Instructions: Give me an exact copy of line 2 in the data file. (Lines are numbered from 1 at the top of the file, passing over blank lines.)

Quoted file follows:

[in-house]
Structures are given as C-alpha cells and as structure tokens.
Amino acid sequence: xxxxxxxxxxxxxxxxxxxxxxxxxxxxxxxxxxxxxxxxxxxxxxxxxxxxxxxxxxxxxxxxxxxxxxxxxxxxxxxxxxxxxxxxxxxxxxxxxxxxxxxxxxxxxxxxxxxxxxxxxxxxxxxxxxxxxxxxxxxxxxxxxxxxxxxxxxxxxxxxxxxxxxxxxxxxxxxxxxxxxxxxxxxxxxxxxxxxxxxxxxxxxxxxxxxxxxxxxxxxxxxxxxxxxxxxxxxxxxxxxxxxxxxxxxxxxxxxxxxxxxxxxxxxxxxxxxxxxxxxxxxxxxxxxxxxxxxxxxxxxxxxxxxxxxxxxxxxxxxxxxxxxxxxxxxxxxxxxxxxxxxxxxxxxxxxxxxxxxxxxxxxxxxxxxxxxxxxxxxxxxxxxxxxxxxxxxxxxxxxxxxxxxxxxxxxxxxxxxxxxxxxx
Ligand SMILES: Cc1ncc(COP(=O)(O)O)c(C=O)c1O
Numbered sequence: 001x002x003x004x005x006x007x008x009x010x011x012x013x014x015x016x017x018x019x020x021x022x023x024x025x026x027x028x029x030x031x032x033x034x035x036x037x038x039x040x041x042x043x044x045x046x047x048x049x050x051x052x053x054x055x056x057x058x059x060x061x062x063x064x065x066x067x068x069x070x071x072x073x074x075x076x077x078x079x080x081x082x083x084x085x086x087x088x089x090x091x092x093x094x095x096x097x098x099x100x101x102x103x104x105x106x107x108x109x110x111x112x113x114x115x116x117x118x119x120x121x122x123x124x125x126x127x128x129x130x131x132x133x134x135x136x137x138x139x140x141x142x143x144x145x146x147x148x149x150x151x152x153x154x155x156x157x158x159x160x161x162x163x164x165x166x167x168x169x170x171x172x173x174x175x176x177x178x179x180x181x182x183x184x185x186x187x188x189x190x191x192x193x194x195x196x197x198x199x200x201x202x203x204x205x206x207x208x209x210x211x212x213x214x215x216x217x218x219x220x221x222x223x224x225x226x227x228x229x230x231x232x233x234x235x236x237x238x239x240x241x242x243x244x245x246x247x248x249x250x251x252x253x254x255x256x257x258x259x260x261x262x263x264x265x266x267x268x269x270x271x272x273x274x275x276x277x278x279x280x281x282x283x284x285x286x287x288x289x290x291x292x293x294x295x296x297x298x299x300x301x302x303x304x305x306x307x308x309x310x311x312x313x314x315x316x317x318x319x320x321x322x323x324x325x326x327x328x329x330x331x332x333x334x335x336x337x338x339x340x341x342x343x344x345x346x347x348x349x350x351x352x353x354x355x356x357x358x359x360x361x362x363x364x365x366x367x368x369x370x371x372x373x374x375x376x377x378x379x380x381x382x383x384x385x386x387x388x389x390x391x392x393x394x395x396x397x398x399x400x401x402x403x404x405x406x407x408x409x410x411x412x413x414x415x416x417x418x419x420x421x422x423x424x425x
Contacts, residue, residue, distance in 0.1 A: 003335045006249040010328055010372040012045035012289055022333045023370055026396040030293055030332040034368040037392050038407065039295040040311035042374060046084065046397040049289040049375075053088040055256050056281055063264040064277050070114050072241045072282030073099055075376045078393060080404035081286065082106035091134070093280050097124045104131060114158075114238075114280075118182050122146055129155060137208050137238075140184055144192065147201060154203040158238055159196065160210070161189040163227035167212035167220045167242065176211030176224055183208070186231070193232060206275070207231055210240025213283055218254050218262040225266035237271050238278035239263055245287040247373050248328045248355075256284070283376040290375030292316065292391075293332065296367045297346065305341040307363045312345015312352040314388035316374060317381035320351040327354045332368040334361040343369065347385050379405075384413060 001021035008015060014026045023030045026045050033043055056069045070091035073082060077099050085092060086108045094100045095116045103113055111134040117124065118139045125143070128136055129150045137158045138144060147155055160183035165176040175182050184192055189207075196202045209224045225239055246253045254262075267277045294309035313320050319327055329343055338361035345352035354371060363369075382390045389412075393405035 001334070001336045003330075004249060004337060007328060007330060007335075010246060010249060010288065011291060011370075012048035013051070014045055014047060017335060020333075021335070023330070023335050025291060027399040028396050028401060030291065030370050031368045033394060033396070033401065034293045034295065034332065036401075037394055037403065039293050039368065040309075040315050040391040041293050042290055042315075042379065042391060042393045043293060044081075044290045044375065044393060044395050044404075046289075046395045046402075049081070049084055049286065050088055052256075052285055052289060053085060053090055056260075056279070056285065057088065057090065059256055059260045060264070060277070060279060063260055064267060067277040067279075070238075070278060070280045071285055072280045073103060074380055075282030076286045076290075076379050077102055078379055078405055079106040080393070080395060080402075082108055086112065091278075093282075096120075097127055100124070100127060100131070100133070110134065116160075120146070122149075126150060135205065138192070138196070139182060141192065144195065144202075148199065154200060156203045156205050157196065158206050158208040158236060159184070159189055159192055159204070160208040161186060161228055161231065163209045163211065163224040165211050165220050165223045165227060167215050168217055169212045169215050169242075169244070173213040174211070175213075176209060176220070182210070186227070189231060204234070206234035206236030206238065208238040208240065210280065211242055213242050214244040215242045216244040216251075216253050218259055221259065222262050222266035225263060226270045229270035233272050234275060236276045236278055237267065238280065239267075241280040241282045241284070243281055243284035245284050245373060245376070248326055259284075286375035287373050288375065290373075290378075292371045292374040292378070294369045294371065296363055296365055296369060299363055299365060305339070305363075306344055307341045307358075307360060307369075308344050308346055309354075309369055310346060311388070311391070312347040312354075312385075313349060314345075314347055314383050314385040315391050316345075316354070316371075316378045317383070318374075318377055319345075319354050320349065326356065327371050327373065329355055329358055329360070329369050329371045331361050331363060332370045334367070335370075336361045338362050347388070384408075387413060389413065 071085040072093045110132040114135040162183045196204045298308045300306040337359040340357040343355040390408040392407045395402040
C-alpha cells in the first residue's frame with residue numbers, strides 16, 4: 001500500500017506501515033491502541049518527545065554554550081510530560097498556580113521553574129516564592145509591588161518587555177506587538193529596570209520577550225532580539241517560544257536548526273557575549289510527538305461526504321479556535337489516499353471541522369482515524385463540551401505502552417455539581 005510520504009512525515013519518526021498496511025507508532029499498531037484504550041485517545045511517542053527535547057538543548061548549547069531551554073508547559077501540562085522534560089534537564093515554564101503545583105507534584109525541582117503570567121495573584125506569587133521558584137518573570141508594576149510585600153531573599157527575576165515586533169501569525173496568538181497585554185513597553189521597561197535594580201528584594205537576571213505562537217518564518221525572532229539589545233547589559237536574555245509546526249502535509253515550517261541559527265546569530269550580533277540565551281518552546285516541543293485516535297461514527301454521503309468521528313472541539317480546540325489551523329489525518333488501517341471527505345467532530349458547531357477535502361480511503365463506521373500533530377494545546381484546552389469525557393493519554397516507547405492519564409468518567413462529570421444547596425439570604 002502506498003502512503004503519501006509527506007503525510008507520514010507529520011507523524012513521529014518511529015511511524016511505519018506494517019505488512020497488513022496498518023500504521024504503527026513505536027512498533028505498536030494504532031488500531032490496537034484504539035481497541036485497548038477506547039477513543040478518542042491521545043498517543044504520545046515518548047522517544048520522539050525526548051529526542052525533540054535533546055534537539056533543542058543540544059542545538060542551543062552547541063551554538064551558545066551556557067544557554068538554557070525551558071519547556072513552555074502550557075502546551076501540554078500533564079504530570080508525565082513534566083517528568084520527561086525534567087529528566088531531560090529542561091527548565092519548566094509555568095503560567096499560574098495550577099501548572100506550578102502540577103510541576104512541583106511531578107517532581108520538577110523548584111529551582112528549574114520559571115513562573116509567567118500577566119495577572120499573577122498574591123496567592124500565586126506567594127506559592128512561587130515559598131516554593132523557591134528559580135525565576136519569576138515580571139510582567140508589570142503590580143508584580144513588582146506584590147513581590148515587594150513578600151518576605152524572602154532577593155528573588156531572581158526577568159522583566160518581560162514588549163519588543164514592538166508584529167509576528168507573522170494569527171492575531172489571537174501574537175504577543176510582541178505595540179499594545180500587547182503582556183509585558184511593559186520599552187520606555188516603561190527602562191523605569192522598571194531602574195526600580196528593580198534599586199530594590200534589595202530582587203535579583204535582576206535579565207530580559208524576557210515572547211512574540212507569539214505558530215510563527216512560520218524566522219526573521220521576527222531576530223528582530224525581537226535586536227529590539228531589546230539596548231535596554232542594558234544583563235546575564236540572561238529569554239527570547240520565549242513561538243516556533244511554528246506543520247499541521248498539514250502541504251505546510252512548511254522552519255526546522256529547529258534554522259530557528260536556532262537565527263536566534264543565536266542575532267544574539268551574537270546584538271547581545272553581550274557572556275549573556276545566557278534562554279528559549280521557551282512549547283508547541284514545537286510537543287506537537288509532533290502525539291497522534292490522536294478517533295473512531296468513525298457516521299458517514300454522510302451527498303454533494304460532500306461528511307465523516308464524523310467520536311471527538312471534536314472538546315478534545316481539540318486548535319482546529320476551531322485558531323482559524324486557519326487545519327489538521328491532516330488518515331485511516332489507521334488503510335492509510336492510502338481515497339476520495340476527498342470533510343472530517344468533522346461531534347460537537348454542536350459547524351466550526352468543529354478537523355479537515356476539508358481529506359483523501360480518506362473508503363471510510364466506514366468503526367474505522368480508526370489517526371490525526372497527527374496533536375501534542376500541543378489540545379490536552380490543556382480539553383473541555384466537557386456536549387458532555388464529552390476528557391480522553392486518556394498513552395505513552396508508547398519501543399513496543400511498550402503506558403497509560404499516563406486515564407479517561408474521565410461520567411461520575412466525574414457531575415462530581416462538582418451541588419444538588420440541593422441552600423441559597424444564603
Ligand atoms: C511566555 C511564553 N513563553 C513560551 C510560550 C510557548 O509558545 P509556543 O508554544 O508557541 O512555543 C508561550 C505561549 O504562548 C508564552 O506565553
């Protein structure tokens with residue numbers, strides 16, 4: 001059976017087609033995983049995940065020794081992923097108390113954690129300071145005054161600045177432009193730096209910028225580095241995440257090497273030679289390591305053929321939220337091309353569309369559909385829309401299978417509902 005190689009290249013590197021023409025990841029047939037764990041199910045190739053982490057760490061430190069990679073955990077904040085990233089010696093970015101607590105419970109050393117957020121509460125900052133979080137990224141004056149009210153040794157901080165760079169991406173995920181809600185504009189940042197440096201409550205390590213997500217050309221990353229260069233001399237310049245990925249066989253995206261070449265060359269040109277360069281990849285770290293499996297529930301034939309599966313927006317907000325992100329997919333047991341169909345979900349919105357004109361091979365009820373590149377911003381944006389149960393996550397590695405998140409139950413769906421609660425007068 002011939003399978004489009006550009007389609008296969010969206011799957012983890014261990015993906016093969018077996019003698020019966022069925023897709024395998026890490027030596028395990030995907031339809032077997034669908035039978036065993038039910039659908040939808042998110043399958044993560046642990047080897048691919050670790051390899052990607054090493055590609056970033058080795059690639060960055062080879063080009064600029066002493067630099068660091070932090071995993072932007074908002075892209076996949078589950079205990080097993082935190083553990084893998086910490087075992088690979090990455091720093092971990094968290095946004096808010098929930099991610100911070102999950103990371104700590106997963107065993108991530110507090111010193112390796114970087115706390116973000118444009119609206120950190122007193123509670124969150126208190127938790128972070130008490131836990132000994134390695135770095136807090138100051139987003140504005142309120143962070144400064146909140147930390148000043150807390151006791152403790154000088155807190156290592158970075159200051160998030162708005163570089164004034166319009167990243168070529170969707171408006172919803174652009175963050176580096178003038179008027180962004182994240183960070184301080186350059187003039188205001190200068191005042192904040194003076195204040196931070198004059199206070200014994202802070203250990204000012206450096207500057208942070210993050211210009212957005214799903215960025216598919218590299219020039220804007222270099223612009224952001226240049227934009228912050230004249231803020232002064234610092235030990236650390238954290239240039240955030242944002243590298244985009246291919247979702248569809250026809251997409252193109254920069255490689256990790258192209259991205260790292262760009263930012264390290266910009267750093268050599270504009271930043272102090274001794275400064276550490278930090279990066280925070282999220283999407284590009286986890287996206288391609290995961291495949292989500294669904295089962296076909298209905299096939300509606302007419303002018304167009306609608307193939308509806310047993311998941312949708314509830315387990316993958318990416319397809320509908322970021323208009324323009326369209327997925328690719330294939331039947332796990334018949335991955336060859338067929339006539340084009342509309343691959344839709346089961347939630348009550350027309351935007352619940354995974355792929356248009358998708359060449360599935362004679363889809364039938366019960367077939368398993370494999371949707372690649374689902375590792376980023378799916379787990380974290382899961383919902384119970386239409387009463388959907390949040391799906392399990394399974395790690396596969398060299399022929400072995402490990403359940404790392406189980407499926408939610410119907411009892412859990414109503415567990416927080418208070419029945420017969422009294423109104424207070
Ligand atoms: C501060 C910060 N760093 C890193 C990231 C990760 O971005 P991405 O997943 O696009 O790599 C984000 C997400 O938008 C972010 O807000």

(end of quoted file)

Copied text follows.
Structures are given as C-alpha cells and as structure tokens.